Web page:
The Creation-Evolution Encyclopedia gives the quote:
"It is probably fair to estimate the frequency of a majority of mutations, in higher organisms, between one in ten thousand and one in a million per gene per generation."Dr. Ayala is being quoted to support the idea that mutations pretty well never happen. However, a human cell contains 30,000 to 40,000 genes. So, in fact, Dr. Ayala was saying that a given human might have about four mutations. Or, with the other number, a given human might have one chance in thirty of having a mutation.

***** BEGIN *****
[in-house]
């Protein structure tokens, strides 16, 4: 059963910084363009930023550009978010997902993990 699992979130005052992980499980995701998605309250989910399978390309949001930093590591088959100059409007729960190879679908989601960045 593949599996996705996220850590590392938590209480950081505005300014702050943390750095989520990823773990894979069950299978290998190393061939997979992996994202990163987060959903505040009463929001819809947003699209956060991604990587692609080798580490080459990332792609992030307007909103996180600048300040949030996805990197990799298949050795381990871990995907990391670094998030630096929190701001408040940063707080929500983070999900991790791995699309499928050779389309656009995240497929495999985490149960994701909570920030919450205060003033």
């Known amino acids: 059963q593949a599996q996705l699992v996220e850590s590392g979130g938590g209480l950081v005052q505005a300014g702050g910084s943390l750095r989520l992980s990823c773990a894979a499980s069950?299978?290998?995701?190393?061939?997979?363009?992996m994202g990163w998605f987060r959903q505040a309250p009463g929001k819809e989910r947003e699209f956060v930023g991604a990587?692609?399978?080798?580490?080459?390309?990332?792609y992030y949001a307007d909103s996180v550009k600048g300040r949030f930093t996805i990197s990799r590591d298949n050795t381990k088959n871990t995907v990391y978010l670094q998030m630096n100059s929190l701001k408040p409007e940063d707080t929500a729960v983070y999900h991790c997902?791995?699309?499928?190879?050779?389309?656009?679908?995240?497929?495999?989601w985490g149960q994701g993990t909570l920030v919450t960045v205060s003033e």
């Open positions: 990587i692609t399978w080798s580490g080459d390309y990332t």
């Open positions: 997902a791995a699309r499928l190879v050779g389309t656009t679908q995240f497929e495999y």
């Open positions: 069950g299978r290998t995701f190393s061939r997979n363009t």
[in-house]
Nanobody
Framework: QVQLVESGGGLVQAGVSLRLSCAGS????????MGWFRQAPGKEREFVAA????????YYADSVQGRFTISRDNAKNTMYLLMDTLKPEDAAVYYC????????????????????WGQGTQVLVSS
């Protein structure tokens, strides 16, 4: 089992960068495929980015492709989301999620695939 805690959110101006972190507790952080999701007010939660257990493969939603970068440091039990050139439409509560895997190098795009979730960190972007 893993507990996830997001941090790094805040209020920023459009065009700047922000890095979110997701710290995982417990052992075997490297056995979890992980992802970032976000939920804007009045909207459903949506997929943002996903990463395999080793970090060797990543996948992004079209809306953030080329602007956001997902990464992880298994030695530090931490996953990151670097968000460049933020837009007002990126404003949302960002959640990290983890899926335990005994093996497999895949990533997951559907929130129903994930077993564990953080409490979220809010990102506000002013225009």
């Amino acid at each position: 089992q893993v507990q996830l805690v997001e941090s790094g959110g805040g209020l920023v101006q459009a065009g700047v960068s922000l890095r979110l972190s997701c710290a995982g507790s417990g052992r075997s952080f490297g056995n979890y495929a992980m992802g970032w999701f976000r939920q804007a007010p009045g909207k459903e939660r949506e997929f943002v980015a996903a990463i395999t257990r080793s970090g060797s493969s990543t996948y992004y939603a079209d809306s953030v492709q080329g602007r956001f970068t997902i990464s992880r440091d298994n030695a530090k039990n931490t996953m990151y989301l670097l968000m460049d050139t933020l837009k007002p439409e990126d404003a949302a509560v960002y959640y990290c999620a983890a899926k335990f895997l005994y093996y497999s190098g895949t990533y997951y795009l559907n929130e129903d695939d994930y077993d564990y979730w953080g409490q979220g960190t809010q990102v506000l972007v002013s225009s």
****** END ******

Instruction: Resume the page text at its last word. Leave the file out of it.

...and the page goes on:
Teleological Explanations in Evolutionary Biology, in Philosophy of Science, March 1970, p.3
I didn't bother looking that quote up, because in genetics, a quote from 1970 is obsolete. Recent studies show that one in ten thousand is about right.
There was a second quote:
"Although mutations is the ultimate source of all genetic variation, it is a relatively rare event."I did look this quote up. The article used the word "rare" because it was talking about something even more common. You inherit over 30,000 genes from your mother, and over 30,000 genes from your father. The resulting mix-and-match of variant genes ("alleles") makes mutation seem comparatively rare.
Mechanism of Evolution, Scientific American, September 1978, p. 63.